Preface to “Planetary Tension Between Orient and Occident and the Opposition of Land and Sea”: reorderings and reorientations. [1]

John D. Blanco
University of California, San Diego

Volume 5, 2014

Carl Schmitt published “La tensión planetaria entre Oriente y Occidente y la oposición de Tierra y Mar” for the Revista de Estudios Políticos in June 1955.[2] It represents a significant revision and translation of an essay he had earlier published in German, which appeared in a collection of essays on the work of Erst Jünger under the (same) title (“Die geschichtliche Struktur des heutigen Welt-Gegensatzes von Ost und West”).[3] When the essay was republished in a collection of Schmitt’s work, the editor noted the stark differences between the German “original” and its Spanish “translation”: “Eine stark abweichende, eine gewisse Eigenständigkeit besitzende Fassung des Aufsatzes u.d.T. ‘La tensión planetaria entre Oriente y Occidente y la oposición entre tierra y mar'” [A strongly diverging version, possessing a certain autonomy, was published by Schmitt under the title of “La tensión planetaria…”].[4] Chief among the differences between the German and Spanish versions are the complete erasure of Schmitt’s rather extensive engagement with Jünger’s ideas, along with the rearrangement and refinement of Schmitt’s reflections on the present.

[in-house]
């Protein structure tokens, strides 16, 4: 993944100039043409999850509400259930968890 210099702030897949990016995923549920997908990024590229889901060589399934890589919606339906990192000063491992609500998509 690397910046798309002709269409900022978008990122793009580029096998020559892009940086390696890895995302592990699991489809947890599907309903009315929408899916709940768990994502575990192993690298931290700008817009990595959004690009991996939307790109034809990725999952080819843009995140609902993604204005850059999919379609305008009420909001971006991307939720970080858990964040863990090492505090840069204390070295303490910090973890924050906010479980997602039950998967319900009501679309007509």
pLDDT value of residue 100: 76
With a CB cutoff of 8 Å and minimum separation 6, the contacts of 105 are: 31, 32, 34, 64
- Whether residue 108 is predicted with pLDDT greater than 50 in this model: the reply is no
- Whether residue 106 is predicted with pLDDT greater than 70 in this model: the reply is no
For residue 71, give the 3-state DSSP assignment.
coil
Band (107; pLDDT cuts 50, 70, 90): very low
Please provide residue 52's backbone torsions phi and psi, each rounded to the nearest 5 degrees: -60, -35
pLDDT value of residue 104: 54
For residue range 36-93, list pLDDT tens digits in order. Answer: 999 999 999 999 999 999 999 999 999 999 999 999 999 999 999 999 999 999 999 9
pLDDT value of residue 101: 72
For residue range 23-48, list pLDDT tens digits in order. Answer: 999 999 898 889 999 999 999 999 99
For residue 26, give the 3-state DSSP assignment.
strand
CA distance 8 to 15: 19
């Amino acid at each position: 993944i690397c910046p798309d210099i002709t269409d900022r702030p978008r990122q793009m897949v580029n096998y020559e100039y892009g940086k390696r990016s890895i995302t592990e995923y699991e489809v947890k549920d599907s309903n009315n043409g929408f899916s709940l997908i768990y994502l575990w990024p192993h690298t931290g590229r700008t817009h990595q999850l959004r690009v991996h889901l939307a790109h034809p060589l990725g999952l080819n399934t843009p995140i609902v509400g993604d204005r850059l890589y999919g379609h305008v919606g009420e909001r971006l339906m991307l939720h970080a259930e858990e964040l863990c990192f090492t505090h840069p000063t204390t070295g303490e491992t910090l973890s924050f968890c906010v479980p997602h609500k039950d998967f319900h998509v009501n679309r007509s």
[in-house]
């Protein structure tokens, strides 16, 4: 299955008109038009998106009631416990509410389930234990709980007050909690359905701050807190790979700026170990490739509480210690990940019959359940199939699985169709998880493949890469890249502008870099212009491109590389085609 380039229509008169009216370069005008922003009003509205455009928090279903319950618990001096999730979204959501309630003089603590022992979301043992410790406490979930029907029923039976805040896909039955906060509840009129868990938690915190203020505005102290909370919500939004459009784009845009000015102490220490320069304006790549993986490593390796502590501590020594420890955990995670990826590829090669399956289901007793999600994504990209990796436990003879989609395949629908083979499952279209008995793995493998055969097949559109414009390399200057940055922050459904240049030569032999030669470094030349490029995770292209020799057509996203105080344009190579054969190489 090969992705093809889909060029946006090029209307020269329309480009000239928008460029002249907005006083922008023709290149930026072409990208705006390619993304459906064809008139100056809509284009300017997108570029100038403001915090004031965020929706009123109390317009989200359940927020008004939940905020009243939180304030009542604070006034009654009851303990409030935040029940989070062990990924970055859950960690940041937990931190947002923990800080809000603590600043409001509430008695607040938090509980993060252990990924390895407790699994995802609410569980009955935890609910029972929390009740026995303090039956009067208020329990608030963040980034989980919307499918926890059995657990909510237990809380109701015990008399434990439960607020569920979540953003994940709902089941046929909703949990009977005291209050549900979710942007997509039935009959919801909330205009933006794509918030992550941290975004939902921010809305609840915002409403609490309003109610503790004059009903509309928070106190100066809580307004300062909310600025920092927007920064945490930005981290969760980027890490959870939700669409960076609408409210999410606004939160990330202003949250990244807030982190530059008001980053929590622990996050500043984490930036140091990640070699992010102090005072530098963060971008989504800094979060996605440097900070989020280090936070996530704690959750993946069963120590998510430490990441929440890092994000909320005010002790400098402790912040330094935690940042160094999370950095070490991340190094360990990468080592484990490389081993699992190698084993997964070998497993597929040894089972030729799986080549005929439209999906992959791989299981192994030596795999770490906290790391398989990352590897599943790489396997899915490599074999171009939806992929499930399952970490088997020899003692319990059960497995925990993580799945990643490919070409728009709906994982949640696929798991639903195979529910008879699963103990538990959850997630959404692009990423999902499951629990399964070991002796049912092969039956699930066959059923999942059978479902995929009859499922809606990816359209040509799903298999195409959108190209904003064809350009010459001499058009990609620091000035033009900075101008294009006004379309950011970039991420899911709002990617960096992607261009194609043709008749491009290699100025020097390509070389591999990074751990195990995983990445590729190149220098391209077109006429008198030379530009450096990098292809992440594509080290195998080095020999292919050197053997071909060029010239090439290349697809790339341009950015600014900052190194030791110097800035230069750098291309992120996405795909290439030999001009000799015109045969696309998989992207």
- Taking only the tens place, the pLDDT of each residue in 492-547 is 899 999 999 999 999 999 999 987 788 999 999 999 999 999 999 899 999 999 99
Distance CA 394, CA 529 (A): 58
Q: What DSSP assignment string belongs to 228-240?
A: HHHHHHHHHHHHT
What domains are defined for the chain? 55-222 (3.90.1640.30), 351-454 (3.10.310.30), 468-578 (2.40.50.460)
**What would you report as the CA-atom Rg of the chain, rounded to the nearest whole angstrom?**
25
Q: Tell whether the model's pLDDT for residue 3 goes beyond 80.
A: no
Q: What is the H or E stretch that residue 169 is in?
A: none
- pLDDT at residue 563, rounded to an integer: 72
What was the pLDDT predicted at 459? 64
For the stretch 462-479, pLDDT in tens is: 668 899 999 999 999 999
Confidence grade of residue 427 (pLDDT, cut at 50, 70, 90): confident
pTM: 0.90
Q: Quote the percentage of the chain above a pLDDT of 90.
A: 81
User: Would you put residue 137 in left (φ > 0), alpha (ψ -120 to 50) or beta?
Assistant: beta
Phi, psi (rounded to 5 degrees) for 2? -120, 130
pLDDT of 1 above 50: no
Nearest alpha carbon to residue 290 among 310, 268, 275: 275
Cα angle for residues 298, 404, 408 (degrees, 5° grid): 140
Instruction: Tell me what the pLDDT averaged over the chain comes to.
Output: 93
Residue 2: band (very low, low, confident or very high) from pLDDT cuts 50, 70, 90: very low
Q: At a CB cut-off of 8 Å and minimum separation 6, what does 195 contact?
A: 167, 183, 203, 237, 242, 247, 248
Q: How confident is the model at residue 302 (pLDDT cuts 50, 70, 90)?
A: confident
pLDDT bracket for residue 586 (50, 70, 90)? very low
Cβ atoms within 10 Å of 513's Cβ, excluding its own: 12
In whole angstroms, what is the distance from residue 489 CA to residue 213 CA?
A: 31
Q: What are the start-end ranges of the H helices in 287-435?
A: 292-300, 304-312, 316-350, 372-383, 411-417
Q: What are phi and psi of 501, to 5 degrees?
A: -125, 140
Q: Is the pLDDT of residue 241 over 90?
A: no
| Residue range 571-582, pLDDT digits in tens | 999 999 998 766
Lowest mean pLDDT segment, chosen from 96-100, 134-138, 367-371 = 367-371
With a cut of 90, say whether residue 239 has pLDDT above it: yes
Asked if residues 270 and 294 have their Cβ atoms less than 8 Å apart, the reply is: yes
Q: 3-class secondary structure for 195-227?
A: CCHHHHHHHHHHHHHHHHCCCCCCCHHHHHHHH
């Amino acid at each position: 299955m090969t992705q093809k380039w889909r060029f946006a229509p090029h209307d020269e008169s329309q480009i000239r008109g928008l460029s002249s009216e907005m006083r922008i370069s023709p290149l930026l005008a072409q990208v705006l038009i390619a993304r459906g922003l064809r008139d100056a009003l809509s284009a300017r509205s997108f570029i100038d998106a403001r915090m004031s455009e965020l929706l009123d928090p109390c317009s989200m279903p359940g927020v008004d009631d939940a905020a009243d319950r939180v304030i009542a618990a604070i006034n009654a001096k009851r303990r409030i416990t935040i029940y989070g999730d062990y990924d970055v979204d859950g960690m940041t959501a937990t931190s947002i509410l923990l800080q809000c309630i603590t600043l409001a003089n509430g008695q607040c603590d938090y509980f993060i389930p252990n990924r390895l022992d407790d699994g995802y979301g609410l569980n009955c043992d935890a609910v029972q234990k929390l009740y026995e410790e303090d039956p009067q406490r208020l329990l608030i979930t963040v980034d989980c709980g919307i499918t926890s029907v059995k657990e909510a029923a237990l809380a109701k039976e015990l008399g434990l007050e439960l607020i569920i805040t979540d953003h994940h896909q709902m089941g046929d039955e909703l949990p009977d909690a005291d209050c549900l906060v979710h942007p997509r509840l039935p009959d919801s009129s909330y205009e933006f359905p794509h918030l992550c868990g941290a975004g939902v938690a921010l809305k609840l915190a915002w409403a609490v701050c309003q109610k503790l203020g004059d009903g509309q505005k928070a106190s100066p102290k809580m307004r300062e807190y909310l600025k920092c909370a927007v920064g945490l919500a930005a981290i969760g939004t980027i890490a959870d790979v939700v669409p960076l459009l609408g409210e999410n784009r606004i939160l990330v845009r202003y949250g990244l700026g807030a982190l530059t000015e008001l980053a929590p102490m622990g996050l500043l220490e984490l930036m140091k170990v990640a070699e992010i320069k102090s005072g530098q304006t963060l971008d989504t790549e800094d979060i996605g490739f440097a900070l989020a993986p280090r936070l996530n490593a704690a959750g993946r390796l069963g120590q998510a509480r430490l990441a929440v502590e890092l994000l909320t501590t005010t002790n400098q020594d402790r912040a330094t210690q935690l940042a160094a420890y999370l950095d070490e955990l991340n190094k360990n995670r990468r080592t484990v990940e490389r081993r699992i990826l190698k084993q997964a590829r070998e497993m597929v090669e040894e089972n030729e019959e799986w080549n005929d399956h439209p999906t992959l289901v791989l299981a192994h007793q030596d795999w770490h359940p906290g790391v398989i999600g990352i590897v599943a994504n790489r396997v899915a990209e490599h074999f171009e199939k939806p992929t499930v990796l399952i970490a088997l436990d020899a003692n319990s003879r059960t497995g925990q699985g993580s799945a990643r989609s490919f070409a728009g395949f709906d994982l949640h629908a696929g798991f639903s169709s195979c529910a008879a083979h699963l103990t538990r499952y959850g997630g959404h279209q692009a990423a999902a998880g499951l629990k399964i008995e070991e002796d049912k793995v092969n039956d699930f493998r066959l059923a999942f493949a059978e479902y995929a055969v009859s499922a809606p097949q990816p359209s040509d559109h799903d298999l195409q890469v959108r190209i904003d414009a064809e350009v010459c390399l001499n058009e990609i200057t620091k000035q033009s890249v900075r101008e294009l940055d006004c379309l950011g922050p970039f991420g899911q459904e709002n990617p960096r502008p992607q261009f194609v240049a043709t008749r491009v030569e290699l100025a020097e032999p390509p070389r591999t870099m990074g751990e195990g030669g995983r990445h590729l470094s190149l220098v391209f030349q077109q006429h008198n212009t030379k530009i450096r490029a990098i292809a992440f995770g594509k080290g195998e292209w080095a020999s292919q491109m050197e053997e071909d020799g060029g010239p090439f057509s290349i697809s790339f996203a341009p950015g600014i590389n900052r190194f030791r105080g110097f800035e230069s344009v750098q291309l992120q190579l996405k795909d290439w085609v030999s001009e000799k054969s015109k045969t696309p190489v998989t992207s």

Of all the essays Schmitt wrote for the Revista de Estudios Políticos, the editors have selected this essay for translation and inclusion to this volume of essays, for several reasons. The essay best demonstrates Schmitt’s attempt to redirect his contribution to political philosophy away from the pessimism that pervades what was arguably his last major work, The Nomos of the Earth (1950). In contrast to the somewhat gloomy and confused forecast for the future of political order in the latter work, in this essay we glimpse an inspired and mature Schmitt extrapolating from his political philosophy of nomos a philosophy of Western history, which culminated in the “historical, dialectical tension” manifested in the (then) present Cold War between the US (and its Western allies) and Soviet Russia. The scholarship on Schmitt’s political philosophy has continued a debate over whether this reorientation represents an abandonment of his earlier work around sovereign decision-making (and whether or not such abandonment coincided with the rise of Hitler), as well as the autonomy of friend-enemy distinctions under the concept of the political; or whether the advent of “concrete world order thinking” merely reinforces these polemical ideas by giving them an historical context. Schmitt (like his compatriot Martin Heidegger) never disavowed or contradicted his earlier positions; nor did he submit to any US-sponsored denazification campaign by admitting guilt or error in his association with the Nazi Party. On the contrary, his polemical tracts against the criminalization of war advanced by the US during the war years effectively anticipate his antipathy to denazification following the Nuremberg trials.[5] For Schmitt, the US-led effort in international politics, which was aimed at criminalizing war between sovereign states, eroded the very foundations of the European interstate legal system or jus publicum Europaeum.